Beau is Afraid: The first hour of Ari Aster’s latest feels like one of the best movies of the year, a visceral (and, it seems, personal) portrait of anxiety and neurosis as urban hellscape mindfuck that plays out like an After Hours riff where our hero (Joaquin Phoenix) can’t get out of his own home. The problem is, there’s a second hour that isn’t nearly as successful, and a third that’s like a rapid illustration of the laws of diminishing returns; one cannot help but admire the ambition of Aster’s vision, and the wild narrative swings he’s taking, but you just can’t go with A for effort here. That said, there are long stretches that really do click, the performers are all in top form (especially Parker Posey in a too-brief role), and Aster truly nails the visual language of a nightmare, where things are both vaguely familiar and altogether wrong. (Includes featurette.)

ON 4K:

The Truman Show: Peter Weir’s comedy/drama hit theaters in 1998, on the eve of the reality television explosion. As such, this story of a man who discovers his entire life has been fodder for a 24-hour television show was a remarkably prescient warning of our incoming obsession with watching mundane bullshit on television—right down to its perfect, remarkable closing beat. Jim Carrey is terrific as Truman, gently pivoting to more serious work not by smothering his relentless comic energy but controlling and channeling it into a character of cheery complexity, and Laura Linney hits all the right (purposefully false) notes as his perpetually twinkly-eyed, casually product-pitching wife. (Includes featurettes, deleted scenes, trailer, and TV spots.) 


The Watermelon Woman: Cheryl Dunye’s 1996 indie sensation joins the Criterion Collection, and remains a fascinating piece of work, combining the seemingly incompatible genres of Go Fish-inspired black-and-white lesbian rom-com (they even draft Go Fish star Guinevere Turner as the ingenue) and exploratory essay film on representation and portraiture of Black women in Hollywood classics, as the story concerns Dunye attempting to make a documentary about the (fictional) title character, a ‘30s actress who’s become her obsession. The hybrid works, unexpectedly enough, because Dunye has so much to say while rarely slipping into didacticism, and because her writing is so honest—this is a marvelous portrait of a specific sub-culture, ‘90s queer artsy types, so its insularity is more a feature than a bug. The picture is hampered by some of the hiccups typical of low-budget movies of the era (uneven performances, some fluffed dialogue, a utilitarian visual style), but they barely matter; it’s a movie that was way ahead of its time, and its embrace in recent years is not only unsurprising, but seemingly inevitable. (Includes interviews and early Dunye short films.)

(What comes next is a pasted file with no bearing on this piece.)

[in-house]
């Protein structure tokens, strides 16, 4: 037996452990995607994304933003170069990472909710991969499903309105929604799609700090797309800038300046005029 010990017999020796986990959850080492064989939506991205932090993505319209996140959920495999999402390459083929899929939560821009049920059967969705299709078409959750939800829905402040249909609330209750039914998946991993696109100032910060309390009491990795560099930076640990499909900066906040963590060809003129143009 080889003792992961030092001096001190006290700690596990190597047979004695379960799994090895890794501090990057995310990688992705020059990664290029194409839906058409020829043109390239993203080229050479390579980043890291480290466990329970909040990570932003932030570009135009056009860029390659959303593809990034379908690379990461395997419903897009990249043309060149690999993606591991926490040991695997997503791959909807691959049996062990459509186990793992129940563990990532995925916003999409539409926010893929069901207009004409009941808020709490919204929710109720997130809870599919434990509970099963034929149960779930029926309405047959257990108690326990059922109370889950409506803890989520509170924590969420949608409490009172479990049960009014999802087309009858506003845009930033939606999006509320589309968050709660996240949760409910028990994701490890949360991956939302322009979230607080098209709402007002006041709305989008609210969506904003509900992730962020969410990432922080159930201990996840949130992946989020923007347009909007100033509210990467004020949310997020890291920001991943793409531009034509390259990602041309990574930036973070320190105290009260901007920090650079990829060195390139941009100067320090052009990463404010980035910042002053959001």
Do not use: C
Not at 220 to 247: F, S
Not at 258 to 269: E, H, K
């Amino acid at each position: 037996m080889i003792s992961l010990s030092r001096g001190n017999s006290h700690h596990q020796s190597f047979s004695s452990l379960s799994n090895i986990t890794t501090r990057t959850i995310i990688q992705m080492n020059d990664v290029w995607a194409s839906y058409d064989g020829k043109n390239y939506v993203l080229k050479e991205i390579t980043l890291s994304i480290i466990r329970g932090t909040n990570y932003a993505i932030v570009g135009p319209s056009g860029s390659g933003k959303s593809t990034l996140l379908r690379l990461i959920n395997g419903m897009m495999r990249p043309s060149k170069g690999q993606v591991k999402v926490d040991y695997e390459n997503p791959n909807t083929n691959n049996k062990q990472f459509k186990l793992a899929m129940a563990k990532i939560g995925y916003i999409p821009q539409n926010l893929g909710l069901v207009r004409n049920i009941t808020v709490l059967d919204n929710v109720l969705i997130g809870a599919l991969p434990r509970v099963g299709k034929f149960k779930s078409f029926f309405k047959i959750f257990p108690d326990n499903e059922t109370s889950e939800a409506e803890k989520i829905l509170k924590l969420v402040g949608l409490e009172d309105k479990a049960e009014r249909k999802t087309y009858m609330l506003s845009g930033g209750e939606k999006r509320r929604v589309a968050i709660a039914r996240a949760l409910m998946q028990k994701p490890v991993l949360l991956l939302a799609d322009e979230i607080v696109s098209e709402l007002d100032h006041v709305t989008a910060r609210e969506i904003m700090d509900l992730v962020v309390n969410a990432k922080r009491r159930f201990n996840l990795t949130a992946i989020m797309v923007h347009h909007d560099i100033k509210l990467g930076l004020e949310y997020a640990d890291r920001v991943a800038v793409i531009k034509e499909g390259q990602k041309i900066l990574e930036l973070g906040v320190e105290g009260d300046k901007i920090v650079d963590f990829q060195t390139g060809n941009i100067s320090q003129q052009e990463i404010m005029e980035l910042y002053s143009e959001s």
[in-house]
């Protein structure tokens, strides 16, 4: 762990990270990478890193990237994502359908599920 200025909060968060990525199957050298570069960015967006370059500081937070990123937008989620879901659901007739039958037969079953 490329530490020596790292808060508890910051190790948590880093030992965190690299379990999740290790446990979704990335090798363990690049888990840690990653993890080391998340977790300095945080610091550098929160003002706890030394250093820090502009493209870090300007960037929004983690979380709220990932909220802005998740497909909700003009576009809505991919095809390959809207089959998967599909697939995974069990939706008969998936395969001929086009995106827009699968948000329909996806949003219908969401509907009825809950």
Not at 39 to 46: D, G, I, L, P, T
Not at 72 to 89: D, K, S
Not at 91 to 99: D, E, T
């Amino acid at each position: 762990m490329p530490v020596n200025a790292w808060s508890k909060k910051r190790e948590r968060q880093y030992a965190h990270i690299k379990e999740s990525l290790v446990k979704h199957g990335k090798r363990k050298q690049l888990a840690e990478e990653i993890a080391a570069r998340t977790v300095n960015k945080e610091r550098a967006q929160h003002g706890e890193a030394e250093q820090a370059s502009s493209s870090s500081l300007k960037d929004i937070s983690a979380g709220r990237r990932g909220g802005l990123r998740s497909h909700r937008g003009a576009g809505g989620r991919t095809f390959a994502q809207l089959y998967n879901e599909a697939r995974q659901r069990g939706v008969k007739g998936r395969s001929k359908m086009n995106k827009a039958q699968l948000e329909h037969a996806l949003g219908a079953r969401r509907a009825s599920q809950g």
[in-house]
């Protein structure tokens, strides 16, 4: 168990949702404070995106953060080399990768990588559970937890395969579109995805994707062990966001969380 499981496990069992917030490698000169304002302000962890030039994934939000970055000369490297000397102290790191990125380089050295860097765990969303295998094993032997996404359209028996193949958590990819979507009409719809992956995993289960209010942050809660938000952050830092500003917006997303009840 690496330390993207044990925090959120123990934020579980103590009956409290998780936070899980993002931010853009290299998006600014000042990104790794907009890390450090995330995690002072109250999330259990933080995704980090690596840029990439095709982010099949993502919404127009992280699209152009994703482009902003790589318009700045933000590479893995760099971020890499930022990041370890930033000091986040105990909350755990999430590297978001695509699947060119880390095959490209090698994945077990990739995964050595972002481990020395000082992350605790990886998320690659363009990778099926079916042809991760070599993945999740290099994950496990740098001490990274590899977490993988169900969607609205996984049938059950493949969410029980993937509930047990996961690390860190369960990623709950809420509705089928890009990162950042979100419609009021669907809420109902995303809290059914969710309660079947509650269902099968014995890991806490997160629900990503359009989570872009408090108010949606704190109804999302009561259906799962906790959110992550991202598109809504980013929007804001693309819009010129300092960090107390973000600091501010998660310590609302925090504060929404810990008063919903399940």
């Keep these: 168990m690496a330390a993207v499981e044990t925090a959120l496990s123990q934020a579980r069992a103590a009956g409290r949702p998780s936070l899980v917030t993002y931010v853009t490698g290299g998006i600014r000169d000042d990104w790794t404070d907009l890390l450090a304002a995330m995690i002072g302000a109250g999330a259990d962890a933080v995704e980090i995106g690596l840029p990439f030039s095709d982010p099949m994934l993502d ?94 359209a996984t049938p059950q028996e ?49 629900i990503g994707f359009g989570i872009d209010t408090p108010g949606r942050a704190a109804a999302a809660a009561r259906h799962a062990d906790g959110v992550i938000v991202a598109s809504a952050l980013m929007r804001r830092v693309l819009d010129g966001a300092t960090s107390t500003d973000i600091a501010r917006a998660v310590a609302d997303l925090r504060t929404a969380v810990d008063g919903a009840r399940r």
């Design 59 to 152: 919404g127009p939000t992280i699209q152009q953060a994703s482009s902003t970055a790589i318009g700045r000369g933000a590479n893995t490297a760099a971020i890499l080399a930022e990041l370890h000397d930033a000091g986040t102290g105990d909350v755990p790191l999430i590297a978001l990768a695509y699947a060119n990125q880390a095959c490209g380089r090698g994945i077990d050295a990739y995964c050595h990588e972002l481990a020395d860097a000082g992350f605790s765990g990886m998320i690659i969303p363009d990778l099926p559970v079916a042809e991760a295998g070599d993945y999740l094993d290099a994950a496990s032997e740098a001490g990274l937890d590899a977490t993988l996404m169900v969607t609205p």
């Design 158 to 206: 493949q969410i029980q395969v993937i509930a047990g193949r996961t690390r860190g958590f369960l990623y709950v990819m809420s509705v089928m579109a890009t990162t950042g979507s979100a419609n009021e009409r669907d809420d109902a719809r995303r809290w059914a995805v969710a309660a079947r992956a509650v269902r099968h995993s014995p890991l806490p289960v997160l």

Mickey & Friends: 10 Classic Shorts (Vol. 2): Following up February’s release of volume one, an enjoyable collection of Mickey and Minnie cartoons, Disney’s new Blu-ray collection widens the scope to include the full fam, with a nice mix of character-showcasing ‘toons starring not only Mickey and Minnie but Pluto, Goofy, Donald and Daisy, Huey, Dewey, and Louie, and even Chip & Dale. The timeframe is fairly wide, allowing some genuine consideration of the studio’s evolution; the early shorts have a real wildness, a loosey-goosey eccentricity which was unfortunately tamed as the brand became more ubiquitous. As with the first collection, the new connecting material is fairly weak—but it’s brief, so no real harm done.

Which Way Is Up? / The Bingo Long Traveling All-Stars & Motor Kings: The shame of Richard Pryor’s film career was that so few (if any) films managed to bottle the unique combination of scorching humor and genuine rage that made his stage performances so electrifying, but these two features (out in a new “double feature” disc from Mill Creek) come pretty close. Which Way Is Up?, in fact, feels expressly created to translate his stage act on film, with Pryor playing not only the farm worker lead, but characters clearly based on his popular preacher and Mudbone characters; those characterizations are energetic, and Pryor is clearly having a great time playing against his only worthy co-star (himself). He plays more of a supporting role in Bingo Long, a fictionalized account of the early days of Negro League baseball, but it’s a juicy one, and the film surrounding it summons up the right mixture of wacky shenanigans and historical dramatization. 

Jason Bailey is a film critic and historian, and the author of five books. His work has appeared in The New York Times, The Playlist, Vanity Fair, Vulture, Rolling Stone, Slate, and more. He is the co-host of the podcast "A Very Good Year."